As Christians, we, who are called to be "light and salt " in the world, have a peculiar responsibility to love, as Christ loved, even to His death on a Cross. Sadly this demonstration of God's great mercy and compassion to others, like us, who have fallen short of God's glory, on account of whatever sin, whether in the church, or outside, is lacking. And for this we need to repent. Constantly, but even more so during this upcoming Lenten period. There is no question that all of us need to have a " restless spirit and be anxious to share the love of Jesus. There absolutely no question of the great need for prayer. Constant prayer for self, neighbour, church and nation. But we must repent for we have not demonstrated sufficiently God's mercy.
And so tonight as I am writing this message the Lord provided a final reflection.
Catherine of Siena ( 1347-1380, a mystic of the church who, though nearly illiterate, exercised her influence over the church through her dictated letters.)
verse Zechariah 1:16. NIV
" Therefore, this is what the Lord says; " I will return to Jerusalem with mercy, and there my house will be rebuilt."
Merciful Lord, it does not surprise me that you forget completely the sins of those who repent. I am not surprised that you remain faithful to those who hate you and revile you. The mercy which pours from you fills the whole world.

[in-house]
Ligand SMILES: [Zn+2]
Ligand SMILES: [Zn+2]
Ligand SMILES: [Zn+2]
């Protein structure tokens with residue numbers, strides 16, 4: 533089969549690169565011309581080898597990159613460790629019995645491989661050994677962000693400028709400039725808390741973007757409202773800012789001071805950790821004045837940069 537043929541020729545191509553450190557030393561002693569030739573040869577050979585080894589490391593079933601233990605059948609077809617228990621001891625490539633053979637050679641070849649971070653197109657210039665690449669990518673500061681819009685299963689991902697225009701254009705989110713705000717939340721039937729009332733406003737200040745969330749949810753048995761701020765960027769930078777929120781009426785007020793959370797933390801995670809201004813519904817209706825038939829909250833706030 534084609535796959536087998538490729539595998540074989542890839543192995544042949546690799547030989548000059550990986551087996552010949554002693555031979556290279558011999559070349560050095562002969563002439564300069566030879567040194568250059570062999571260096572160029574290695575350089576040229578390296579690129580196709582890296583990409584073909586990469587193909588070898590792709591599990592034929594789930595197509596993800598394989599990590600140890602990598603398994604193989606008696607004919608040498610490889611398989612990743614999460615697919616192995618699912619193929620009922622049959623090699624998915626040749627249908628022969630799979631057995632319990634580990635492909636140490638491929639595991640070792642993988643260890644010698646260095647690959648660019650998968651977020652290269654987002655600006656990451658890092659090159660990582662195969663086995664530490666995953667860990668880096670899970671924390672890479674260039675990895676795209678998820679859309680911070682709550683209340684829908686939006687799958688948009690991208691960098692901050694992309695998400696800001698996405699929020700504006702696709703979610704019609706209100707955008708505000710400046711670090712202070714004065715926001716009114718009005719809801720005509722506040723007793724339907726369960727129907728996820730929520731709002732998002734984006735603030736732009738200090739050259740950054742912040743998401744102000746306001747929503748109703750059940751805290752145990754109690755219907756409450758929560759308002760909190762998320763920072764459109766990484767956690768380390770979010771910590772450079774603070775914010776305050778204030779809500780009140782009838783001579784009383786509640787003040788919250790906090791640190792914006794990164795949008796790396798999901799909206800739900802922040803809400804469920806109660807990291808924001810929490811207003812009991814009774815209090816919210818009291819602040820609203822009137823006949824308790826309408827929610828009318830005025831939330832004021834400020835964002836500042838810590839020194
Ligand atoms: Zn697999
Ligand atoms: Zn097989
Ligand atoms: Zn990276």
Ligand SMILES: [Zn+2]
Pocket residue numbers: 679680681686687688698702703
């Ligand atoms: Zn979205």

It was by your mercy that we were created, and by your mercy that you redeemed us by sending your Son. Your mercy is the light in which sinners find you and good people come back to you. Your mercy is everywhere, even in the depths of hell where you offer to forgive tortured the souls. Your justice is constantly tempered with mercy, so that you refuse to punish us as we deserve. O mad lover! it was not enough for you to take on our humanity, you had to die for us as well.
All of this that mankind should not exceed his boundaries, and having exceeded them greatly in open rebellion against a Holy God, this God died so that we might return to Him. No wonder the young people sing with joy: " What a mighty God.
we serve". During this Lent may we remember as a nation , what a merciful God we serve.